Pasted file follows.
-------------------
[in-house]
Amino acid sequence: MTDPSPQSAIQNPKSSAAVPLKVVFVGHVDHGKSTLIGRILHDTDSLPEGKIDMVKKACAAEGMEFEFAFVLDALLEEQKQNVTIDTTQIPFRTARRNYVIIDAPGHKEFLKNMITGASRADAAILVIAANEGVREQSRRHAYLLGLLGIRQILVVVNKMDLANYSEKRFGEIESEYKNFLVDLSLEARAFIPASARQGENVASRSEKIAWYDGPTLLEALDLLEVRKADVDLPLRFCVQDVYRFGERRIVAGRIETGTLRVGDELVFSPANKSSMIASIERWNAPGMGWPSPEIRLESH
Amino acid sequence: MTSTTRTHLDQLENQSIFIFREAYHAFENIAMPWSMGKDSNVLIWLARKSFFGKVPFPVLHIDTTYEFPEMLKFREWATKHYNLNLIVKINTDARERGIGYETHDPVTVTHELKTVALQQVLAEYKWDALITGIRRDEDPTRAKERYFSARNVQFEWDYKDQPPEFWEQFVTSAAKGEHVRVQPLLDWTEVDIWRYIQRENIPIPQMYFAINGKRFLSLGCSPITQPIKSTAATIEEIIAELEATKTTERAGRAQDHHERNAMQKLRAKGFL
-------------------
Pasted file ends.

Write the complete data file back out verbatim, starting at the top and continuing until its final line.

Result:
[in-house]
Amino acid sequence: MTDPSPQSAIQNPKSSAAVPLKVVFVGHVDHGKSTLIGRILHDTDSLPEGKIDMVKKACAAEGMEFEFAFVLDALLEEQKQNVTIDTTQIPFRTARRNYVIIDAPGHKEFLKNMITGASRADAAILVIAANEGVREQSRRHAYLLGLLGIRQILVVVNKMDLANYSEKRFGEIESEYKNFLVDLSLEARAFIPASARQGENVASRSEKIAWYDGPTLLEALDLLEVRKADVDLPLRFCVQDVYRFGERRIVAGRIETGTLRVGDELVFSPANKSSMIASIERWNAPGMGWPSPEIRLESH
Amino acid sequence: MTSTTRTHLDQLENQSIFIFREAYHAFENIAMPWSMGKDSNVLIWLARKSFFGKVPFPVLHIDTTYEFPEMLKFREWATKHYNLNLIVKINTDARERGIGYETHDPVTVTHELKTVALQQVLAEYKWDALITGIRRDEDPTRAKERYFSARNVQFEWDYKDQPPEFWEQFVTSAAKGEHVRVQPLLDWTEVDIWRYIQRENIPIPQMYFAINGKRFLSLGCSPITQPIKSTAATIEEIIAELEATKTTERAGRAQDHHERNAMQKLRAKGFL